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Cold tolerance in two large maize inbred panels adapted to European climates

AuthorsRevilla Temiño, Pedro ; Rodríguez Graña, Víctor Manuel ; Ordás Pérez, Amando ; Rincent, Renaud; Charcosset, Alain; Giauffret, Catherine; Melchinger, Albrecht E.; Schön, Chris-Carolin; Bauer, Eva; Altmann, Thomas; Brunel, Dominique; Moreno-González, Jesús; Campo, Laura; Ouzunova, Milena; Laborde, Jacques; Álvarez Rodríguez, Ángel ; Ruiz de Galarreta, José Ignacio; Malvar Pintos, Rosa Ana
Issue Date1-Sep-2014
PublisherCrop Science Society of America
CitationRevilla P, Rodríguez VM, Ordás A, Rincent R, Charcosset A, Giauffret C, Melchinger AE, Schön CC, Bauer E, Altmann T, Brunel D, Moreno-González J, Campo L, Ouzunova M, Laborde J, Álvarez Á, Ruíz de Galarreta JI, Malvar RA. Cold tolerance in two large maize inbred panels adapted to European climates. Crop Science 54 (5): 1981-1991 (2014)
AbstractMaize (Zea mays L.) for northern growing areas requires cold tolerance for extending the vegetative period. Our objectives were to evaluate two large panels of maize inbred lines adapted to Europe for cold tolerance and to estimate the effects of cold-related traits on biomass production. Two inbred panels were evaluated for cold tolerance per se and in testcrosses under cold and control conditions in a growth chamber and under field conditions. Comparisons of inbreds and groups of inbreds were made taking into account the single nucleotide polymorphisms (SNP)-based genetic structure of the panels, and the factors affecting biomass production were studied. Eight flint and one dent inbred with diverse origins were the most cold tolerant. The most cold-tolerant dent and flint groups were the Iodent Ph207 and the Northern Flint D171 groups, respectively. The relationships between inbred per se and testcross performance and between controlled and field conditions were low. Regressions with dry matter yield in the field as dependent variable identified plant height (R2 = 0.285) as the main independent variable, followed by quantum efficiency of photosystem II (R2 = 0.034) and other traits with minor contributions. Cold-tolerance–related traits had low and negative effects on dry matter yield. Models intending the prediction of final performance from traits scored in early developmental stages are not expected to be precise enough for breeding. For improving cold tolerance, inbreds released from crosses among the No Iodent group and the Northern Flint group may show high combining ability, as well as between both groups and the Northern Flint D171 group.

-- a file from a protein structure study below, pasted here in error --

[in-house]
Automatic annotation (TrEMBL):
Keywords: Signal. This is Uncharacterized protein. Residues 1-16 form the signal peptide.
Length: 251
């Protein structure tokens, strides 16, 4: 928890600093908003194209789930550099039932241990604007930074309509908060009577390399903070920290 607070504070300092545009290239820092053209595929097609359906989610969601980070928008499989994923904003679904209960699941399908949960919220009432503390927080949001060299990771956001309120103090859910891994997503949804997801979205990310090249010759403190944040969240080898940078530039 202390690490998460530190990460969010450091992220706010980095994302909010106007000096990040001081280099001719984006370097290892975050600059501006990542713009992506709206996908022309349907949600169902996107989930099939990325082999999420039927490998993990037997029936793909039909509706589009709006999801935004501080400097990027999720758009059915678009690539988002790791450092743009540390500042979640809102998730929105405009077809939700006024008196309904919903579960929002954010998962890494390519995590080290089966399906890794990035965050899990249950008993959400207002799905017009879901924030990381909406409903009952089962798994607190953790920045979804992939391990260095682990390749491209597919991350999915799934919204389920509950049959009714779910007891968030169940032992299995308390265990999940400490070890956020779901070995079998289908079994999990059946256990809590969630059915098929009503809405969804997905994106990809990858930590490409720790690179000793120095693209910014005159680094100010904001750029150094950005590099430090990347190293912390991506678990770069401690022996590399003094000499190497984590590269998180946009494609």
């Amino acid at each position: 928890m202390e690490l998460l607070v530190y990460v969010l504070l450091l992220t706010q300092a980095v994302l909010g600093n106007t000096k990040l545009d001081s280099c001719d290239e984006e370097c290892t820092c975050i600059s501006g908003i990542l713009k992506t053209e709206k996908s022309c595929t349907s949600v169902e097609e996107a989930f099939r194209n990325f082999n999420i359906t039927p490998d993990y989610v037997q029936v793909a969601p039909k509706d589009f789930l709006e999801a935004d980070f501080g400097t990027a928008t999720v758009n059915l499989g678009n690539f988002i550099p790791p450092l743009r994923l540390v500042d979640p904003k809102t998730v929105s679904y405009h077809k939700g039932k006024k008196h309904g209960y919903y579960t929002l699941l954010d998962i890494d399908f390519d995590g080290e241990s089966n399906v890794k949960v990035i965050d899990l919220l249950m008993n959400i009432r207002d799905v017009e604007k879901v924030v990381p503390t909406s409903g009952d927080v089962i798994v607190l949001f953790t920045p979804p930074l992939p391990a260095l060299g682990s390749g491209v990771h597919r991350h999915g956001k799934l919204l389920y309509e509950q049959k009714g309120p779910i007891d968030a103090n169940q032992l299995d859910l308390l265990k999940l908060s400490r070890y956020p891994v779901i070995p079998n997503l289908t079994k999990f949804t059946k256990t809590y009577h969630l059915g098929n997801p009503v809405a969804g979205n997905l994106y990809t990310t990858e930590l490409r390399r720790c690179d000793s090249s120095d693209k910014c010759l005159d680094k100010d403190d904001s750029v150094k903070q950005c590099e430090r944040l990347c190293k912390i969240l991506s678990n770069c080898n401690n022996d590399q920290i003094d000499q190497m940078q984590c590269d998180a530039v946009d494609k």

Description34 págs., 5 tabl. The definitive version is available at: https://www.crops.org/publications/cs
Publisher version (URL)http://dx.doi.org/10.2135/cropsci2013.11.0733
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